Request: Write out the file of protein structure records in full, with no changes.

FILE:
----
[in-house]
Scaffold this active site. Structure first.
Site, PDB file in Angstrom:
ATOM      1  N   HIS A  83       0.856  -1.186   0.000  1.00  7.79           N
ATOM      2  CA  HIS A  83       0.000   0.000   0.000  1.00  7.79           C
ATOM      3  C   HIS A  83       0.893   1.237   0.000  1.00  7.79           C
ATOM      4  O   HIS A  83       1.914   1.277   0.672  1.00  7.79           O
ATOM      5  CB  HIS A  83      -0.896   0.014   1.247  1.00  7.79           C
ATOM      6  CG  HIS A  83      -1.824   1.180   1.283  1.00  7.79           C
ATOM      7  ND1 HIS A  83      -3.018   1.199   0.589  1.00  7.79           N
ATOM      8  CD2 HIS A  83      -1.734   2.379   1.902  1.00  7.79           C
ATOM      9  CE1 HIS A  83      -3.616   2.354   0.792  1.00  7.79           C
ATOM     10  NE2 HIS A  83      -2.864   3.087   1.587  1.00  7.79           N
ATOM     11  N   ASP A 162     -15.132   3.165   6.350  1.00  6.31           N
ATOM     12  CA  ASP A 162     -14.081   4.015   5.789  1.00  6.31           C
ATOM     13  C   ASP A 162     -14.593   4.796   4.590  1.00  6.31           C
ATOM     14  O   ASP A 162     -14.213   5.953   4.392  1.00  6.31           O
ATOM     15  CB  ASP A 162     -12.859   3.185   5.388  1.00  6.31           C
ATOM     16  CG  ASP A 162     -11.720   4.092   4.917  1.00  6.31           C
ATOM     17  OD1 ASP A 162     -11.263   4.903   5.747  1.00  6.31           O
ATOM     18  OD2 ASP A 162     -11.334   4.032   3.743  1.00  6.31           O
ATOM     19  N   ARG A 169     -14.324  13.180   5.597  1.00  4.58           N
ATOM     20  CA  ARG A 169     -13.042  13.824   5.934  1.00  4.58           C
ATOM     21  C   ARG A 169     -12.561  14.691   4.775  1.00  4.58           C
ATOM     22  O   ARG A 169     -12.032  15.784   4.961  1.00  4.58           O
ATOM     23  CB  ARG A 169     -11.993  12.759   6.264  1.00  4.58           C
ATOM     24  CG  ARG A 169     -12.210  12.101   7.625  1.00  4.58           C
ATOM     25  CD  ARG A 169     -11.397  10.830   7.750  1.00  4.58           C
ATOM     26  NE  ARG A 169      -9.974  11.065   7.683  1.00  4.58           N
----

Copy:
[in-house]
Scaffold this active site. Structure first.
Site, PDB file in Angstrom:
ATOM      1  N   HIS A  83       0.856  -1.186   0.000  1.00  7.79           N
ATOM      2  CA  HIS A  83       0.000   0.000   0.000  1.00  7.79           C
ATOM      3  C   HIS A  83       0.893   1.237   0.000  1.00  7.79           C
ATOM      4  O   HIS A  83       1.914   1.277   0.672  1.00  7.79           O
ATOM      5  CB  HIS A  83      -0.896   0.014   1.247  1.00  7.79           C
ATOM      6  CG  HIS A  83      -1.824   1.180   1.283  1.00  7.79           C
ATOM      7  ND1 HIS A  83      -3.018   1.199   0.589  1.00  7.79           N
ATOM      8  CD2 HIS A  83      -1.734   2.379   1.902  1.00  7.79           C
ATOM      9  CE1 HIS A  83      -3.616   2.354   0.792  1.00  7.79           C
ATOM     10  NE2 HIS A  83      -2.864   3.087   1.587  1.00  7.79           N
ATOM     11  N   ASP A 162     -15.132   3.165   6.350  1.00  6.31           N
ATOM     12  CA  ASP A 162     -14.081   4.015   5.789  1.00  6.31           C
ATOM     13  C   ASP A 162     -14.593   4.796   4.590  1.00  6.31           C
ATOM     14  O   ASP A 162     -14.213   5.953   4.392  1.00  6.31           O
ATOM     15  CB  ASP A 162     -12.859   3.185   5.388  1.00  6.31           C
ATOM     16  CG  ASP A 162     -11.720   4.092   4.917  1.00  6.31           C
ATOM     17  OD1 ASP A 162     -11.263   4.903   5.747  1.00  6.31           O
ATOM     18  OD2 ASP A 162     -11.334   4.032   3.743  1.00  6.31           O
ATOM     19  N   ARG A 169     -14.324  13.180   5.597  1.00  4.58           N
ATOM     20  CA  ARG A 169     -13.042  13.824   5.934  1.00  4.58           C
ATOM     21  C   ARG A 169     -12.561  14.691   4.775  1.00  4.58           C
ATOM     22  O   ARG A 169     -12.032  15.784   4.961  1.00  4.58           O
ATOM     23  CB  ARG A 169     -11.993  12.759   6.264  1.00  4.58           C
ATOM     24  CG  ARG A 169     -12.210  12.101   7.625  1.00  4.58           C
ATOM     25  CD  ARG A 169     -11.397  10.830   7.750  1.00  4.58           C
ATOM     26  NE  ARG A 169      -9.974  11.065   7.683  1.00  4.58           N